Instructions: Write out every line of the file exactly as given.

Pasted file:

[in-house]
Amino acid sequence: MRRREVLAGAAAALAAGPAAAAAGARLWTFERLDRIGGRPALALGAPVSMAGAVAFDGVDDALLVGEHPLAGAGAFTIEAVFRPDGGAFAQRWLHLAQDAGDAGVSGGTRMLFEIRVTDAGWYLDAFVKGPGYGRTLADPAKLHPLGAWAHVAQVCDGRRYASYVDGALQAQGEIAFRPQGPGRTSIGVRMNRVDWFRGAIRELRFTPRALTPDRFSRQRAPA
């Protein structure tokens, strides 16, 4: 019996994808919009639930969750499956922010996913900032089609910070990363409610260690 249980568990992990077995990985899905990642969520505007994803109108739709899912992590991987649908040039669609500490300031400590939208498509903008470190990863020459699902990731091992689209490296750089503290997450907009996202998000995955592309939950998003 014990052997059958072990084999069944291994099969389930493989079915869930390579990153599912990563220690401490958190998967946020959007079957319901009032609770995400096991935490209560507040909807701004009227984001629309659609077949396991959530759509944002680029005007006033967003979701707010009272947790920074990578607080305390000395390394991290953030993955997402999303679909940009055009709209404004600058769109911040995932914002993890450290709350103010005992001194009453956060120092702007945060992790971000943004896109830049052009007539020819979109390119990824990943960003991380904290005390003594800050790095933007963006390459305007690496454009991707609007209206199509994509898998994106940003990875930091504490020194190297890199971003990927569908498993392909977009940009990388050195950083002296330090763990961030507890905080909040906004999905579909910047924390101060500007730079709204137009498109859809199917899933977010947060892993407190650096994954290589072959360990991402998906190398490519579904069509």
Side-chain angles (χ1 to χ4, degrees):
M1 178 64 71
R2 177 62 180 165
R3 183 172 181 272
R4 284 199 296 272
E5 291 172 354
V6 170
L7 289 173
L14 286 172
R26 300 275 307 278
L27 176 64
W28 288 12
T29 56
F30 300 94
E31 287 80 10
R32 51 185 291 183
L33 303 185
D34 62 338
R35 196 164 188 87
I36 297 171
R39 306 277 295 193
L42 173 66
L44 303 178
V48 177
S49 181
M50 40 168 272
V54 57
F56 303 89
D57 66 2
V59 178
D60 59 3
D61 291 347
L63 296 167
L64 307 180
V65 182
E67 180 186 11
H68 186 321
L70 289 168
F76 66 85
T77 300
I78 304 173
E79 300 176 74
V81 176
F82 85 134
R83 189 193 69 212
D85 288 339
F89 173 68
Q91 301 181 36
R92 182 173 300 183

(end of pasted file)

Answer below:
[in-house]
Amino acid sequence: MRRREVLAGAAAALAAGPAAAAAGARLWTFERLDRIGGRPALALGAPVSMAGAVAFDGVDDALLVGEHPLAGAGAFTIEAVFRPDGGAFAQRWLHLAQDAGDAGVSGGTRMLFEIRVTDAGWYLDAFVKGPGYGRTLADPAKLHPLGAWAHVAQVCDGRRYASYVDGALQAQGEIAFRPQGPGRTSIGVRMNRVDWFRGAIRELRFTPRALTPDRFSRQRAPA
């Protein structure tokens, strides 16, 4: 019996994808919009639930969750499956922010996913900032089609910070990363409610260690 249980568990992990077995990985899905990642969520505007994803109108739709899912992590991987649908040039669609500490300031400590939208498509903008470190990863020459699902990731091992689209490296750089503290997450907009996202998000995955592309939950998003 014990052997059958072990084999069944291994099969389930493989079915869930390579990153599912990563220690401490958190998967946020959007079957319901009032609770995400096991935490209560507040909807701004009227984001629309659609077949396991959530759509944002680029005007006033967003979701707010009272947790920074990578607080305390000395390394991290953030993955997402999303679909940009055009709209404004600058769109911040995932914002993890450290709350103010005992001194009453956060120092702007945060992790971000943004896109830049052009007539020819979109390119990824990943960003991380904290005390003594800050790095933007963006390459305007690496454009991707609007209206199509994509898998994106940003990875930091504490020194190297890199971003990927569908498993392909977009940009990388050195950083002296330090763990961030507890905080909040906004999905579909910047924390101060500007730079709204137009498109859809199917899933977010947060892993407190650096994954290589072959360990991402998906190398490519579904069509």
Side-chain angles (χ1 to χ4, degrees):
M1 178 64 71
R2 177 62 180 165
R3 183 172 181 272
R4 284 199 296 272
E5 291 172 354
V6 170
L7 289 173
L14 286 172
R26 300 275 307 278
L27 176 64
W28 288 12
T29 56
F30 300 94
E31 287 80 10
R32 51 185 291 183
L33 303 185
D34 62 338
R35 196 164 188 87
I36 297 171
R39 306 277 295 193
L42 173 66
L44 303 178
V48 177
S49 181
M50 40 168 272
V54 57
F56 303 89
D57 66 2
V59 178
D60 59 3
D61 291 347
L63 296 167
L64 307 180
V65 182
E67 180 186 11
H68 186 321
L70 289 168
F76 66 85
T77 300
I78 304 173
E79 300 176 74
V81 176
F82 85 134
R83 189 193 69 212
D85 288 339
F89 173 68
Q91 301 181 36
R92 182 173 300 183